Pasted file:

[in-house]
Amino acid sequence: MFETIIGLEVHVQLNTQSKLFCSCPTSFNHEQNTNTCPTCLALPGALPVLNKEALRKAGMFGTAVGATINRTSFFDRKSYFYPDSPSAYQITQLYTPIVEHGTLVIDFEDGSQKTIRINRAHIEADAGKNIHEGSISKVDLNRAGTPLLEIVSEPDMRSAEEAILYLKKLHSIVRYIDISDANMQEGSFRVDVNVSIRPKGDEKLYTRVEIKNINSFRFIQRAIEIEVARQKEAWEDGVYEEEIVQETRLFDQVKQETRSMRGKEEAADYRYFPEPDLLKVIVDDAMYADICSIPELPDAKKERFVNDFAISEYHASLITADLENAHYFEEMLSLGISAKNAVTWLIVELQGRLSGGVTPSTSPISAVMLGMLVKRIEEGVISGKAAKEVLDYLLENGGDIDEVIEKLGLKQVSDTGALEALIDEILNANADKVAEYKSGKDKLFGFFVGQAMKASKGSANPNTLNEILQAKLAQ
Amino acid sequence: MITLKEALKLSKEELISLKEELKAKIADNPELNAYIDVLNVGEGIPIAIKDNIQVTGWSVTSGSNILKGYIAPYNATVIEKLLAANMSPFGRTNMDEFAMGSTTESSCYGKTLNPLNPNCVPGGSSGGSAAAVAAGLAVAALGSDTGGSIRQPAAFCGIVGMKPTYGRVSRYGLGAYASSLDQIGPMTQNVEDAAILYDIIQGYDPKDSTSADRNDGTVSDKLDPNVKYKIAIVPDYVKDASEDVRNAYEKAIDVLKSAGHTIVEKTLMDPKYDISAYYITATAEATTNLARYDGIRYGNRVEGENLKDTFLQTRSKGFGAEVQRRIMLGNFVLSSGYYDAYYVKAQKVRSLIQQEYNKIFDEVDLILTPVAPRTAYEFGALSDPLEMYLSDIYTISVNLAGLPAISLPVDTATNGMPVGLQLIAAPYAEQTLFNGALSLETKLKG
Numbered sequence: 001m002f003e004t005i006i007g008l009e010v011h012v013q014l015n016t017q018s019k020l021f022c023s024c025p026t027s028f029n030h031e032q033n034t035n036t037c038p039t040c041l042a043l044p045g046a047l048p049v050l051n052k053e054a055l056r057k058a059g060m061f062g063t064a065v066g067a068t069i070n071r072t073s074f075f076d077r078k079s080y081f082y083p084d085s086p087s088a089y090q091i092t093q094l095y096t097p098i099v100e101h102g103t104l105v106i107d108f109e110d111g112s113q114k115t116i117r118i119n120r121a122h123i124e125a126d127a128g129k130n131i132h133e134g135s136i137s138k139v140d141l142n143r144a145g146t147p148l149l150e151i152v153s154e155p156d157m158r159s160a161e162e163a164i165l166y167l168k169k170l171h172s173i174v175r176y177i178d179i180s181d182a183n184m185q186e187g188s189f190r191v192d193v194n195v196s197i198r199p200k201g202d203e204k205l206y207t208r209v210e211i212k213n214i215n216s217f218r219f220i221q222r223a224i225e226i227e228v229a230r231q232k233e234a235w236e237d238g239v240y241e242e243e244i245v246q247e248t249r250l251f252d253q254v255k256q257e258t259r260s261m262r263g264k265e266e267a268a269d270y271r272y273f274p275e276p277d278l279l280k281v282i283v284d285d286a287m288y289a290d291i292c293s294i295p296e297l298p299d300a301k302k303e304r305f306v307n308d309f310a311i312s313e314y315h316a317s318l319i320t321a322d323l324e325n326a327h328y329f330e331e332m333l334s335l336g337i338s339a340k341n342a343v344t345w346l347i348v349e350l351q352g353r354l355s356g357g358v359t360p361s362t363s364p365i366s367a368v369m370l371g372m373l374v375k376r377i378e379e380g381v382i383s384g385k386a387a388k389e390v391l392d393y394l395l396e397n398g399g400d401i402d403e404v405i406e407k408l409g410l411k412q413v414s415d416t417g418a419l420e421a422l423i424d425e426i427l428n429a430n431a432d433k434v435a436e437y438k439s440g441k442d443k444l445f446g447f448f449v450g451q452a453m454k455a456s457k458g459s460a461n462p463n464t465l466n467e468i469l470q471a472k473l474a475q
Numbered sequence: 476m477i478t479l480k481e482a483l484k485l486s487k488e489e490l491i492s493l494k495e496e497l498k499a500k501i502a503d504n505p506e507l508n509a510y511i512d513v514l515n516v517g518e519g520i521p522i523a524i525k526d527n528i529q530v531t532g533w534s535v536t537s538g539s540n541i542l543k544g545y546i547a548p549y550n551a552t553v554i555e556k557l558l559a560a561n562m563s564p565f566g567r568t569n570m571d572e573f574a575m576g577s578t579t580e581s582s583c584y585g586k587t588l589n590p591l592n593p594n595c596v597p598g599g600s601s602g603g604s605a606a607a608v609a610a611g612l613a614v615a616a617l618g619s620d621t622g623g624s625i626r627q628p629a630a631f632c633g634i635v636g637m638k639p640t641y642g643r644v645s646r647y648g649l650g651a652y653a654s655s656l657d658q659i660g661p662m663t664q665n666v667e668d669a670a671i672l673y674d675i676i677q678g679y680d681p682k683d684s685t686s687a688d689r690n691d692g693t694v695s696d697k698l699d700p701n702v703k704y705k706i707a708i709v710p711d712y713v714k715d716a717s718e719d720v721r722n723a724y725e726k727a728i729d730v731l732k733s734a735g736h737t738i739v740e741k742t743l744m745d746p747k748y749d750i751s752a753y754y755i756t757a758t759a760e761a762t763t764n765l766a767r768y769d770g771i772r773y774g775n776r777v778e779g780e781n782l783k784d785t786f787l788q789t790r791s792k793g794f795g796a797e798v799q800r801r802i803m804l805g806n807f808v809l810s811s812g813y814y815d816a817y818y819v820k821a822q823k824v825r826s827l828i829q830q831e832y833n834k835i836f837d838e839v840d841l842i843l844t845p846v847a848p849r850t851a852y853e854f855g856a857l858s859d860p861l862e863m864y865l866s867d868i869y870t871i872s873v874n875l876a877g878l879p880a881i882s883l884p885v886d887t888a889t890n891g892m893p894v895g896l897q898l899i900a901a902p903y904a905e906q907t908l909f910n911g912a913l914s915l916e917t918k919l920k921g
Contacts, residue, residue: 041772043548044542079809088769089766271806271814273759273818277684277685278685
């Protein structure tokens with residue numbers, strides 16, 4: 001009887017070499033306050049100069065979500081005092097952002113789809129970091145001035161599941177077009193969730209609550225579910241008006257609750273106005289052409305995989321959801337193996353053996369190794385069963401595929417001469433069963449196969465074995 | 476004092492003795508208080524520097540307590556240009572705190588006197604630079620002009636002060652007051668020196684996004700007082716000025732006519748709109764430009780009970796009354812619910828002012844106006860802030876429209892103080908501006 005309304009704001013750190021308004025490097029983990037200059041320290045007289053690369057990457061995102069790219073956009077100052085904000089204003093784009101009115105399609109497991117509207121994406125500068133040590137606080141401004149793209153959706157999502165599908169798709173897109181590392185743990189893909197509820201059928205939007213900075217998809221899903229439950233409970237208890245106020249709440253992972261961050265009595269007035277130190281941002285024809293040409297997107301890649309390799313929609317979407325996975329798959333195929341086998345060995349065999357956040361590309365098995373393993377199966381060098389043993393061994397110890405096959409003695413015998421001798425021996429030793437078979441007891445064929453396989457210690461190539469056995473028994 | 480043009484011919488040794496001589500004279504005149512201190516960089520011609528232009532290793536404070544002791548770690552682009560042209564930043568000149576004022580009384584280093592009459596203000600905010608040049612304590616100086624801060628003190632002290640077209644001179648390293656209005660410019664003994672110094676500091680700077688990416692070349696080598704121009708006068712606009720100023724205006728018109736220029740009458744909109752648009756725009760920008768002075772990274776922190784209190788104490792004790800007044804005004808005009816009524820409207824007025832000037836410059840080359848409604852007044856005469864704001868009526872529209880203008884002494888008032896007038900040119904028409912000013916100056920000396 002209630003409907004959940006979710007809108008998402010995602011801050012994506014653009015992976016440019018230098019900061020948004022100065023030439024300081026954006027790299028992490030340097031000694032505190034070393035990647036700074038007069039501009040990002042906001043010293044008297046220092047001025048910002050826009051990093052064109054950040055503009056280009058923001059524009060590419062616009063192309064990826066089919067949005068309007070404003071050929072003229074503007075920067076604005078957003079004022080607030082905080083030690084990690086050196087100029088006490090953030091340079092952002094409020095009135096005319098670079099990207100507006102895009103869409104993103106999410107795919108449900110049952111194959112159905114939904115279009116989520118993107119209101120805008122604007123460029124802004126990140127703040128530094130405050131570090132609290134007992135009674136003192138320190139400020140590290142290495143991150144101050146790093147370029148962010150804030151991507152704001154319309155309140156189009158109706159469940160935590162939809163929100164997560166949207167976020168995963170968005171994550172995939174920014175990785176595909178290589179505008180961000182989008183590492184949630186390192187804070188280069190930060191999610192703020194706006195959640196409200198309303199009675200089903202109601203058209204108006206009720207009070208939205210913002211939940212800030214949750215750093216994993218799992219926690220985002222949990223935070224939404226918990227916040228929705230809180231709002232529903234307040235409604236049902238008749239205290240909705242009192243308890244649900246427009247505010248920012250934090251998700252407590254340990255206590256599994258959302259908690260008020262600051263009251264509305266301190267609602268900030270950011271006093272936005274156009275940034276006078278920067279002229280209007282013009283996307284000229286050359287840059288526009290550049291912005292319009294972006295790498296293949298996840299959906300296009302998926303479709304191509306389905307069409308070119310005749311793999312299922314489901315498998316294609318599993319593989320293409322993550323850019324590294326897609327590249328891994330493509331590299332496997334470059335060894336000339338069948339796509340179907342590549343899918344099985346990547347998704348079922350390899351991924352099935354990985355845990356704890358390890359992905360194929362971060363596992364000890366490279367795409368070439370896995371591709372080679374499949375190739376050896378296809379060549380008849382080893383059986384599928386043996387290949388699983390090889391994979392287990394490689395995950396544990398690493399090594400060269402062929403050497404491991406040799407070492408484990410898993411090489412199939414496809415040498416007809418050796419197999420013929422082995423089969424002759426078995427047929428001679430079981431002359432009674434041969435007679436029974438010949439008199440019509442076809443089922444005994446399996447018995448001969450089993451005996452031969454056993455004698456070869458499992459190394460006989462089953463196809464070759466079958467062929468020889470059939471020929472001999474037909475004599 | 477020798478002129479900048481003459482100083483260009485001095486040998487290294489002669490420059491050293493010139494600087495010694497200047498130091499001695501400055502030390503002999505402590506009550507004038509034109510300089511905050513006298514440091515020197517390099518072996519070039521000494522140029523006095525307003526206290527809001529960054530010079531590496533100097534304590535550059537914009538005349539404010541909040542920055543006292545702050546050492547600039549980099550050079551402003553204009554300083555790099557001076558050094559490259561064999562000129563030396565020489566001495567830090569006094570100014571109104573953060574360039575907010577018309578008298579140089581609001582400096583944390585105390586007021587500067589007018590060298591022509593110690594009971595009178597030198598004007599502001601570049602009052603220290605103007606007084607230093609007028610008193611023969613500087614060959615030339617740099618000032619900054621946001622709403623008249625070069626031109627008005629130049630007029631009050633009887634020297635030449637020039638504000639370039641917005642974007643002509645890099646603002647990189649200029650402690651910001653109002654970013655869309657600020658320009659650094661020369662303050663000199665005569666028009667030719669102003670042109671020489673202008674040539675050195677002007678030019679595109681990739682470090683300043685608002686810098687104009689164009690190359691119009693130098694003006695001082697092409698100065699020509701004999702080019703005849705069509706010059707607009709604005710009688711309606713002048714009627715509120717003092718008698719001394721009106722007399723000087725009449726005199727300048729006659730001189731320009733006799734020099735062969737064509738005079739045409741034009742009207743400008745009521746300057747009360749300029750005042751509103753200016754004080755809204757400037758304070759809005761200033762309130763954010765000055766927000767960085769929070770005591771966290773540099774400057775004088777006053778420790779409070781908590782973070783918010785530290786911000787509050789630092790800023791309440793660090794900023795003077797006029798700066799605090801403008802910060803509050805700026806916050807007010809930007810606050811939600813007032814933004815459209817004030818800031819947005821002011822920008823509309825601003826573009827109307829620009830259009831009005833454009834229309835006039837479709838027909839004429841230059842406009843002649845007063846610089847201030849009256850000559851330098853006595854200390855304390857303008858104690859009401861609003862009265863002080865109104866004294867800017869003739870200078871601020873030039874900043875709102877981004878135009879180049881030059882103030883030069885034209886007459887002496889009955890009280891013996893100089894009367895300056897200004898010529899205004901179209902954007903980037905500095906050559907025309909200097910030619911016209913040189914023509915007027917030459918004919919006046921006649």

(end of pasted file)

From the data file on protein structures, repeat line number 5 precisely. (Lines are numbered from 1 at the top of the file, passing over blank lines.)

Numbered sequence: 476m477i478t479l480k481e482a483l484k485l486s487k488e489e490l491i492s493l494k495e496e497l498k499a500k501i502a503d504n505p506e507l508n509a510y511i512d513v514l515n516v517g518e519g520i521p522i523a524i525k526d527n528i529q530v531t532g533w534s535v536t537s538g539s540n541i542l543k544g545y546i547a548p549y550n551a552t553v554i555e556k557l558l559a560a561n562m563s564p565f566g567r568t569n570m571d572e573f574a575m576g577s578t579t580e581s582s583c584y585g586k587t588l589n590p591l592n593p594n595c596v597p598g599g600s601s602g603g604s605a606a607a608v609a610a611g612l613a614v615a616a617l618g619s620d621t622g623g624s625i626r627q628p629a630a631f632c633g634i635v636g637m638k639p640t641y642g643r644v645s646r647y648g649l650g651a652y653a654s655s656l657d658q659i660g661p662m663t664q665n666v667e668d669a670a671i672l673y674d675i676i677q678g679y680d681p682k683d684s685t686s687a688d689r690n691d692g693t694v695s696d697k698l699d700p701n702v703k704y705k706i707a708i709v710p711d712y713v714k715d716a717s718e719d720v721r722n723a724y725e726k727a728i729d730v731l732k733s734a735g736h737t738i739v740e741k742t743l744m745d746p747k748y749d750i751s752a753y754y755i756t757a758t759a760e761a762t763t764n765l766a767r768y769d770g771i772r773y774g775n776r777v778e779g780e781n782l783k784d785t786f787l788q789t790r791s792k793g794f795g796a797e798v799q800r801r802i803m804l805g806n807f808v809l810s811s812g813y814y815d816a817y818y819v820k821a822q823k824v825r826s827l828i829q830q831e832y833n834k835i836f837d838e839v840d841l842i843l844t845p846v847a848p849r850t851a852y853e854f855g856a857l858s859d860p861l862e863m864y865l866s867d868i869y870t871i872s873v874n875l876a877g878l879p880a881i882s883l884p885v886d887t888a889t890n891g892m893p894v895g896l897q898l899i900a901a902p903y904a905e906q907t908l909f910n911g912a913l914s915l916e917t918k919l920k921g